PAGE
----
This collaborative project between Burnet Institute and Cancer Council Victoria seeks to identify and evaluate strategies to increase testing for hepatitis B virus in priority populations in Victoria.
Liver cancer is the fastest increasing cause of cancer death in Australia and has among the lowest of survival rates for all cancers, with only 16 percent of people still alive five years after diagnosis.
Viral hepatitis (hepatitis caused by a virus such as hepatitis B or hepatitis C) is responsible for 80 percent of liver cancers and a significant proportion are caused by chronic hepatitis B infection.
There are an estimated 180,000 people living in Australia with chronic hepatitis B (CHB). The majority of these people were infected at birth or in childhood, with over half having been born in a highly endemic area such as China, Southeast Asia, the Pacific Islands and sub-Saharan Africa, as well as Aboriginal and Torres Strait Islanders. In Australia, migrants from the Asia-Pacific region comprise nearly 40 percent of all chronic CHB cases despite comprising only five percent of Australia’s population.
Without treatment, one in four people living with chronic hepatitis B infection will die from liver cirrhosis or liver cancer. Nationally the number of people dying from hepatitis B infection is predicted to increase from 450 per year (2008) to 1,550 per year in 2017. It is therefore paramount that people with chronic hepatitis B are identified so that they are monitored and/or treated.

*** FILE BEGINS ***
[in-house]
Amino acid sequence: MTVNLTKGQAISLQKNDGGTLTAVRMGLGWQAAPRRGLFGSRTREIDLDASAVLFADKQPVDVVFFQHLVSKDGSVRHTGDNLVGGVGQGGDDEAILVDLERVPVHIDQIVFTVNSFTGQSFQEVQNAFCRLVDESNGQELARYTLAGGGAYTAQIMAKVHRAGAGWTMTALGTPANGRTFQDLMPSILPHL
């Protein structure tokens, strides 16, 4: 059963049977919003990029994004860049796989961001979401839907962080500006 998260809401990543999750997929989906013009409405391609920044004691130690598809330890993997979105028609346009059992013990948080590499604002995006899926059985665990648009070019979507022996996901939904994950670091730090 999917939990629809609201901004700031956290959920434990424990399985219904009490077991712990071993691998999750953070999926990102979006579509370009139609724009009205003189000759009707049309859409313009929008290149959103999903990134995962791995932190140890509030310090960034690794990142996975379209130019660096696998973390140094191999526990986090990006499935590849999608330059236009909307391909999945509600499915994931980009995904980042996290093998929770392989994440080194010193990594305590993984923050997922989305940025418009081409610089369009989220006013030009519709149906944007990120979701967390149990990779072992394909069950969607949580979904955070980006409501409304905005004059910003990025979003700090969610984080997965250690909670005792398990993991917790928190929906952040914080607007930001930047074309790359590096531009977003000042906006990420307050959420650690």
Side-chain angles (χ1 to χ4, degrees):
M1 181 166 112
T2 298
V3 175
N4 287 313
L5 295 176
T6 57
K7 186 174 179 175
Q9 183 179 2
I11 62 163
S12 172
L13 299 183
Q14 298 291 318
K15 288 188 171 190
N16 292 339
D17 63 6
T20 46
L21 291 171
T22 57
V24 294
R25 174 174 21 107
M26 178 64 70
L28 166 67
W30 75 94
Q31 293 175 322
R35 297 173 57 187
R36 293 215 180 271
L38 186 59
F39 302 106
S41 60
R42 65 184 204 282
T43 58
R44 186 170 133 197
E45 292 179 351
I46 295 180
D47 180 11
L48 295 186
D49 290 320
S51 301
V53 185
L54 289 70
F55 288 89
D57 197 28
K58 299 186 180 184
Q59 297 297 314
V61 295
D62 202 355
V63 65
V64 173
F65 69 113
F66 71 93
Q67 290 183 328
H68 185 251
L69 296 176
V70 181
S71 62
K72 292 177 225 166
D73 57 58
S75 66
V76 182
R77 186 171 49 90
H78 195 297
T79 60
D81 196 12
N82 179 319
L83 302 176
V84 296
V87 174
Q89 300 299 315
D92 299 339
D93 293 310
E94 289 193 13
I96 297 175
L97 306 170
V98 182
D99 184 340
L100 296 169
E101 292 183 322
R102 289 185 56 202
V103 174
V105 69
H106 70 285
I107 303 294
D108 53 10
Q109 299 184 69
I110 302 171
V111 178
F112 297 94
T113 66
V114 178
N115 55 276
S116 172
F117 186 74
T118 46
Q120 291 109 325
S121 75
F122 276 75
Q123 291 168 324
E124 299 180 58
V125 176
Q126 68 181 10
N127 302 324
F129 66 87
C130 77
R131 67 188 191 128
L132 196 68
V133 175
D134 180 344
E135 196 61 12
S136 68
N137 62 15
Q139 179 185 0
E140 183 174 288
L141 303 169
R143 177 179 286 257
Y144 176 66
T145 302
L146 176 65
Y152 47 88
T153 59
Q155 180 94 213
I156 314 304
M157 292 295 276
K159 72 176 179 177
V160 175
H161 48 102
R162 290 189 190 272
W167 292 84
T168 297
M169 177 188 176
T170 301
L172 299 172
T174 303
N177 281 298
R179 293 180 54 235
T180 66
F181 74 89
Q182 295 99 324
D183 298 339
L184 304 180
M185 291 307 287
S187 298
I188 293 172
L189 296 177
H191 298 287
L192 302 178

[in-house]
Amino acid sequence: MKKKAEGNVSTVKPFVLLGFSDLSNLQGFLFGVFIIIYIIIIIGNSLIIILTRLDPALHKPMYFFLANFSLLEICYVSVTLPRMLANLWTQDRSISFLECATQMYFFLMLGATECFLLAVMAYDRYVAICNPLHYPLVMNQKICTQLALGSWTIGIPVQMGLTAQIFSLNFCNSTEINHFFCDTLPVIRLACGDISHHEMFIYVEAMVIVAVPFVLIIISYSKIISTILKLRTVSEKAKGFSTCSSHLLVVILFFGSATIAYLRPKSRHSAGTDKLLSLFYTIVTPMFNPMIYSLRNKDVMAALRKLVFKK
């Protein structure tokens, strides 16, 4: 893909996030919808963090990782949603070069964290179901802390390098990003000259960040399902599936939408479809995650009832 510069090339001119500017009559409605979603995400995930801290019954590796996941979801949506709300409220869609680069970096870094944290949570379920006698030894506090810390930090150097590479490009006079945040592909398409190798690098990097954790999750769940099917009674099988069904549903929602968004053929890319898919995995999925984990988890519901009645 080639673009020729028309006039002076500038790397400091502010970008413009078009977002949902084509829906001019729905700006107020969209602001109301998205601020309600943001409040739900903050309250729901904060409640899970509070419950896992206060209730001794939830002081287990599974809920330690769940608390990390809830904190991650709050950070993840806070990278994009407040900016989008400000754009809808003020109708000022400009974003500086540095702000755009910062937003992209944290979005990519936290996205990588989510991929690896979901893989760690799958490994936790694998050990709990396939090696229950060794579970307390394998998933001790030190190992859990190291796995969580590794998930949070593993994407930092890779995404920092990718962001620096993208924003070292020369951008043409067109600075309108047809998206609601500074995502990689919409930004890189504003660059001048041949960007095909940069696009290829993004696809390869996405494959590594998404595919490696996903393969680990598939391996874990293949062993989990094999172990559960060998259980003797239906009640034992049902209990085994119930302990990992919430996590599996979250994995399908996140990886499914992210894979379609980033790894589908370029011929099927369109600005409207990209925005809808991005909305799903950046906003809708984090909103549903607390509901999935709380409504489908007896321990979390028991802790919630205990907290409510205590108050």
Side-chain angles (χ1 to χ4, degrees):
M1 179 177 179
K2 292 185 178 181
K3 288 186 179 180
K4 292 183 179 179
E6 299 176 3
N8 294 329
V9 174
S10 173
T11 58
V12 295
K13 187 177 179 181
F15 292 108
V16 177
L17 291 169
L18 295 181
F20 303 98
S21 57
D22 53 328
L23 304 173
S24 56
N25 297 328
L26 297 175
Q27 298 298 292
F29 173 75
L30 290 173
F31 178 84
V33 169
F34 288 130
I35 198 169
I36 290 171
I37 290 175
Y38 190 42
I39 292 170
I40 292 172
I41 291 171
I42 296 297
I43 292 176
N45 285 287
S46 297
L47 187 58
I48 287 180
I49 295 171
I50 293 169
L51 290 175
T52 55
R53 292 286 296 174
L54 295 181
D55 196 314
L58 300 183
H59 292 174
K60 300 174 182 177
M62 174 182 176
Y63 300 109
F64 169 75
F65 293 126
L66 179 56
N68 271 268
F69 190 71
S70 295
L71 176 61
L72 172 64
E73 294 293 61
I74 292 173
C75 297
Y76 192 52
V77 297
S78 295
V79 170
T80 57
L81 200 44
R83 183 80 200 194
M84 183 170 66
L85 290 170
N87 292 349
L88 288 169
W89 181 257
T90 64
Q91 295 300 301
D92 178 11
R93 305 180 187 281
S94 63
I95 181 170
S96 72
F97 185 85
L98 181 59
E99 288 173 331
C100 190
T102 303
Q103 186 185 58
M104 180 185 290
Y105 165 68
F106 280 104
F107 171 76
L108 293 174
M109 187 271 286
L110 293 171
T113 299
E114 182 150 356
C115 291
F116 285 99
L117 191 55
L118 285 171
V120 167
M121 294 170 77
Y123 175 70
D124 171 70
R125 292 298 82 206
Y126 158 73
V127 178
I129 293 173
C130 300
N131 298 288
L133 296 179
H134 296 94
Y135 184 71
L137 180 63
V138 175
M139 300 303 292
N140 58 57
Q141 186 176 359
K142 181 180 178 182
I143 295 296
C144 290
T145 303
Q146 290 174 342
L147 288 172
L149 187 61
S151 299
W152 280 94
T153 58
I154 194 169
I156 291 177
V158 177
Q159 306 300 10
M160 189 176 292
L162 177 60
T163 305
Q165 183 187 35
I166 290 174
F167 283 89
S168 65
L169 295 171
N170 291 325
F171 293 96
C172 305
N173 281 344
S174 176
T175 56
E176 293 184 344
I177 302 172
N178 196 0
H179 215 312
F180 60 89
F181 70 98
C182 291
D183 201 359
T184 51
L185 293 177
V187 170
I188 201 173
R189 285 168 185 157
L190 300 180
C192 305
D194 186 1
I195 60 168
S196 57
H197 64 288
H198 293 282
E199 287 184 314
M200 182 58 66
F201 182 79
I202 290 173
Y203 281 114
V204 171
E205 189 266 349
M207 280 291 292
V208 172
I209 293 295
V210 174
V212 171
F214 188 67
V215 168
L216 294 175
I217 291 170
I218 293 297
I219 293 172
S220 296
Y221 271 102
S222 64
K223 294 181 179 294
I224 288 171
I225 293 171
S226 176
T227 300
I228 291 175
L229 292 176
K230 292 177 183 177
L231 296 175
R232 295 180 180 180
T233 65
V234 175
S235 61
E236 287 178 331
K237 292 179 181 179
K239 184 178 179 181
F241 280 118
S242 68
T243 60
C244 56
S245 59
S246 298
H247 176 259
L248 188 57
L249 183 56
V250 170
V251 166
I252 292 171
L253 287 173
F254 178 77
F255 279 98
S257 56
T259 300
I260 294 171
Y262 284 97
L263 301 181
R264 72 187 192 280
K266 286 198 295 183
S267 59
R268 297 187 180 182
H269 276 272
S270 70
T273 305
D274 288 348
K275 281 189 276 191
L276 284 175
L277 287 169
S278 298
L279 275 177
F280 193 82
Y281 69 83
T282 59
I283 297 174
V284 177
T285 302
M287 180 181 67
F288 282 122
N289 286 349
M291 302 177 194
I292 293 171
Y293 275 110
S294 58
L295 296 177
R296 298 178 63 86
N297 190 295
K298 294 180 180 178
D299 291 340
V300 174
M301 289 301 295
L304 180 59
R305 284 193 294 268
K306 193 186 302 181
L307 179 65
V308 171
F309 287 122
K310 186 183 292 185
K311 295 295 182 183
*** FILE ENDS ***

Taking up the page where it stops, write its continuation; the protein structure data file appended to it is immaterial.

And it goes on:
For most people that receive treatment, it is very effective at reducing the progression to liver damage and liver cancer. A vaccine against hepatitis B has been available since 1982 and is nearly 100 percent effective in preventing infection. Where someone is susceptible to infection, such as living with a person who is infected, it is important they are vaccinated.
The timely detection of hepatitis B by regular testing (screening) is key; it can prevent hepatitis B infection (through vaccination) and reduce people with hepatitis B infection getting liver cancer (through monitoring and /or treatment). However screening levels are too low. It is estimated that half of the 180,000 infections in Australia are undiagnosed. The aim of hepatitis screening is to identify people at high risk of developing liver cancer. Screening will also identify people who are at risk of hepatitis B infection, such as those not vaccinated and not immune.
General practitioners (GPs) are the first point of contact for most people using Australia’s health care system and are ideally placed to screen people at high risk of HBV. However, studies have shown that this does not happen or happens too late with the vast majority of GPs not regularly testing high risk people for hepatitis B. Barriers to hepatitis B screening include limited knowledge of GPs about hepatitis B virus, language and cultural barriers and lack of awareness in the community.
This project seeks to remove the barriers to hepatitis B screening through addressing patient, doctor and structural barriers.
We will develop strategies that aim to increase testing for hepatitis B in general practice, and use the results to develop a larger intervention to reduce the proportion of undiagnosed hepatitis B infection in Victoria.